And so I reasoned things out: I was feeling panicked because I felt dishonest and inauthentic. But I was scared of being honest, because then people might not like me, and I have internalised the idea that my survival depends on being likeable.
So I was caught between two needs: I can’t exist if I am not honest. I can’t exist if I am not liked.
Well then, said my mind. The answer is simple: Choose honesty. Because honesty feels more intrinsically important, whilst I actually know that I will indeed survive if I am not liked by everyone. (In fact, when it finally happens, being disliked often feels like a relief.)
So the next day I contacted the neighbour in question and told her that I’d lied, that I had indeed made that wobbly choice she’d asked about. “I feel confused and torn between everybody,” I told her. “I want to be honest and I also don’t want to pick sides. And also, sometimes I make bad choices, and I didn’t want to look bad.”
“We like and accept you just the way you are,” she responded. “And I understand your inner conflict. I won’t ask you any further questions.”
And this is what flooded through me, the moment I got her response: The remembrance that I am no longer a child in an unsafe world. I am an adult and I’ve got my back. Even when it feels terrifying, I can choose to act with integrity and the results will confirm that I made the right choice (even when I do piss someone off).
My survival does not depend anymore on my family liking me or on being super useful. And every time I choose to act from a place of authenticity, my body believes a little bit more that I am truly safe.
I might never be fully free from the panicked messages my body sends me whenever a situation reminds me of past traumas. But the wisdom in my heart grows more assertive. I know what to do when I am panicking: I honour my body, I am gentle with myself, but I do not give in to my most panicked demands. And I call upon my community, the community I have gradually built by choosing to be authentic again and again.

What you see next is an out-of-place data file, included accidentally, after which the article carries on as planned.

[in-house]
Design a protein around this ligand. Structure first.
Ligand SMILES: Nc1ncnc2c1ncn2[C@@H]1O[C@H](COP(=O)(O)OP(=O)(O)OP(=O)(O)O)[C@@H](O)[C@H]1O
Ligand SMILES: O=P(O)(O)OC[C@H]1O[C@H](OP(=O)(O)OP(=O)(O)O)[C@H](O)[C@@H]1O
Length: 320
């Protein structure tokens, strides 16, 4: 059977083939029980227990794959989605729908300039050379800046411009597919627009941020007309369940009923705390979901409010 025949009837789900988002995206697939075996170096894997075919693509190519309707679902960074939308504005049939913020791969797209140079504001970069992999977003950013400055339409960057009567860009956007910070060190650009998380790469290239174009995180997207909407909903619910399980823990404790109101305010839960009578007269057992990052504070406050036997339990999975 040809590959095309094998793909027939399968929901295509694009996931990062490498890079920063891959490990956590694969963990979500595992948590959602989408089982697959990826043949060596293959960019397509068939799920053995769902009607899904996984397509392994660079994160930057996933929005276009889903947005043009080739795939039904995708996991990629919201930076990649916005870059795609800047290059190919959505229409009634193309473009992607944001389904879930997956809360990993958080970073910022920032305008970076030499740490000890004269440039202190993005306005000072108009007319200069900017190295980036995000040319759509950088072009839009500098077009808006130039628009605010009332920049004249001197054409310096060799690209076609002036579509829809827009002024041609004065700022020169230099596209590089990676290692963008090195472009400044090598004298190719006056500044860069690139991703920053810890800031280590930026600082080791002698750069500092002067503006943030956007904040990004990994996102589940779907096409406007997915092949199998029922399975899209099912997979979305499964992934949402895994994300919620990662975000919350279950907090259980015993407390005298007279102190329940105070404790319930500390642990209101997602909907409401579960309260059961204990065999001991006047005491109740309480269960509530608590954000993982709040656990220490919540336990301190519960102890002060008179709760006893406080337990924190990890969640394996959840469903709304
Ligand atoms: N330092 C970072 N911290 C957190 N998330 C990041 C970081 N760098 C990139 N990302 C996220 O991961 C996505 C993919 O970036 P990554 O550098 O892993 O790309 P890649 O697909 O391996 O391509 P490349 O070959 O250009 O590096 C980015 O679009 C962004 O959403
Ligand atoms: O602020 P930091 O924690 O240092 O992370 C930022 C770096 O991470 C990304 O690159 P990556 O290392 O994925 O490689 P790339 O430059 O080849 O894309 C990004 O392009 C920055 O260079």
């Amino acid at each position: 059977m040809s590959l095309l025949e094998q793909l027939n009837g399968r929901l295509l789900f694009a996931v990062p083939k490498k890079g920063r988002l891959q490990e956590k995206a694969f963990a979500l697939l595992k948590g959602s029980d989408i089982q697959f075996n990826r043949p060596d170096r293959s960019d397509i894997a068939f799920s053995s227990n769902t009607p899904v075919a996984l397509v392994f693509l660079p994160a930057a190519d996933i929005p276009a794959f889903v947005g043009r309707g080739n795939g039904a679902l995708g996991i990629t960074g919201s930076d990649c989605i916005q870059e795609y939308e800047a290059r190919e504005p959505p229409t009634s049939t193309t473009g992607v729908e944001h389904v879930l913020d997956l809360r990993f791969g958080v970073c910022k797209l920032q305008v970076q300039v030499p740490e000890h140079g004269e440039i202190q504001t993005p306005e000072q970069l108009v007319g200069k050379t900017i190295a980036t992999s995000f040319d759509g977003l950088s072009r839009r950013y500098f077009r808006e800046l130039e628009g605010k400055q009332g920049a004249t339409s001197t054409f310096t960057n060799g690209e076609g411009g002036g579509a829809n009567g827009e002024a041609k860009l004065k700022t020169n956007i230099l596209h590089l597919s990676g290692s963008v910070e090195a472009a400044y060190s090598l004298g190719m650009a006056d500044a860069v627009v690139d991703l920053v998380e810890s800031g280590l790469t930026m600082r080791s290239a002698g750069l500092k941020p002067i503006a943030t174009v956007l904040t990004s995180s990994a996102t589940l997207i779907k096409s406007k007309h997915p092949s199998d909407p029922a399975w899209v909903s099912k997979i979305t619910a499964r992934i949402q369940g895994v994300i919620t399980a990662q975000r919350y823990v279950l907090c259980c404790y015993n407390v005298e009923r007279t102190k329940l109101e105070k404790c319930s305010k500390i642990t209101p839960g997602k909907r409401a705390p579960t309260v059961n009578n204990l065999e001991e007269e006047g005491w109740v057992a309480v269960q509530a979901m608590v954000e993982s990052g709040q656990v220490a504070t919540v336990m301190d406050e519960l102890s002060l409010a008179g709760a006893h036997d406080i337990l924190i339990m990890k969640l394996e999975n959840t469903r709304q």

(I still have a headache but my body is no longer screaming at me, merely grumbling. Onwards!)
Content warning: This post contains descriptions of sexual harassment and assault.
I wrote this post about two months ago, but then decided against posting because the time felt somehow off. Now it feels right. I do want to mention that most of the events recounted here happened in my early to mid- twenties, thus quite a few years ago. While some anger and shame remains, much has changed since then. I have especially grown in my ability to voice my non-consent, to dare being impolite; I have also healed significantly from my broken heritage.
One night about a month ago, as I was about to fall asleep, a memory came to me so vivid that I spent the next hour listening to the blood rushing through my skull as I lay trying to moderate my breath. I was reliving telling a trusted friend, a male friend, a personal story that I was very ashamed about. The story I was telling went like this:
When I was 23 I moved to a new town and took a new job. I knew no one in this town save my colleagues and a few friends of the guy I was sort-of seeing at that stage, Alexander (we were in a long-distance non-committal thing, Alexander was on the other side of the world but some of his friends lived close by). At that stage my job was only part-time. I didn’t have transport so my explorations were limited.
The days were sometimes startlingly lonely.